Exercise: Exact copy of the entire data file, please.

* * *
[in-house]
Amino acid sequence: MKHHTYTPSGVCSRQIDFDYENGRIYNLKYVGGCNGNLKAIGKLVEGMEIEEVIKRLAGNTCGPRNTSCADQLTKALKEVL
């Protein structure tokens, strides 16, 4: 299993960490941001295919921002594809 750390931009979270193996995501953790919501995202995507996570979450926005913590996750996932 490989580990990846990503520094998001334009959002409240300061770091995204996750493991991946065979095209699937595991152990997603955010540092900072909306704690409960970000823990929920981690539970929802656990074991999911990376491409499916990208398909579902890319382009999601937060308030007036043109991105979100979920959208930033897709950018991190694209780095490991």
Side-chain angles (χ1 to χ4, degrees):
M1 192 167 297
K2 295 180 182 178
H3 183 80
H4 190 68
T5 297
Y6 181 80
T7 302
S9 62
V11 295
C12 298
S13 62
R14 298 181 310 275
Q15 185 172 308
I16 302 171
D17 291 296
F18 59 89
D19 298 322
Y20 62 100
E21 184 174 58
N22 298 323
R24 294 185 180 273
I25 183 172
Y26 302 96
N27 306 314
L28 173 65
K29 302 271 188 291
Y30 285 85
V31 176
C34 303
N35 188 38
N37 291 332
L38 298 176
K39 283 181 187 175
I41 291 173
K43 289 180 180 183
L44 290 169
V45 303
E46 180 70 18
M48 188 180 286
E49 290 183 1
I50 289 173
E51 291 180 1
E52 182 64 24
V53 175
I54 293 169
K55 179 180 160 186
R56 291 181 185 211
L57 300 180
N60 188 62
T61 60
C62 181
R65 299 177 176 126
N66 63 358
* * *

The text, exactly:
[in-house]
Amino acid sequence: MKHHTYTPSGVCSRQIDFDYENGRIYNLKYVGGCNGNLKAIGKLVEGMEIEEVIKRLAGNTCGPRNTSCADQLTKALKEVL
């Protein structure tokens, strides 16, 4: 299993960490941001295919921002594809 750390931009979270193996995501953790919501995202995507996570979450926005913590996750996932 490989580990990846990503520094998001334009959002409240300061770091995204996750493991991946065979095209699937595991152990997603955010540092900072909306704690409960970000823990929920981690539970929802656990074991999911990376491409499916990208398909579902890319382009999601937060308030007036043109991105979100979920959208930033897709950018991190694209780095490991």
Side-chain angles (χ1 to χ4, degrees):
M1 192 167 297
K2 295 180 182 178
H3 183 80
H4 190 68
T5 297
Y6 181 80
T7 302
S9 62
V11 295
C12 298
S13 62
R14 298 181 310 275
Q15 185 172 308
I16 302 171
D17 291 296
F18 59 89
D19 298 322
Y20 62 100
E21 184 174 58
N22 298 323
R24 294 185 180 273
I25 183 172
Y26 302 96
N27 306 314
L28 173 65
K29 302 271 188 291
Y30 285 85
V31 176
C34 303
N35 188 38
N37 291 332
L38 298 176
K39 283 181 187 175
I41 291 173
K43 289 180 180 183
L44 290 169
V45 303
E46 180 70 18
M48 188 180 286
E49 290 183 1
I50 289 173
E51 291 180 1
E52 182 64 24
V53 175
I54 293 169
K55 179 180 160 186
R56 291 181 185 211
L57 300 180
N60 188 62
T61 60
C62 181
R65 299 177 176 126
N66 63 358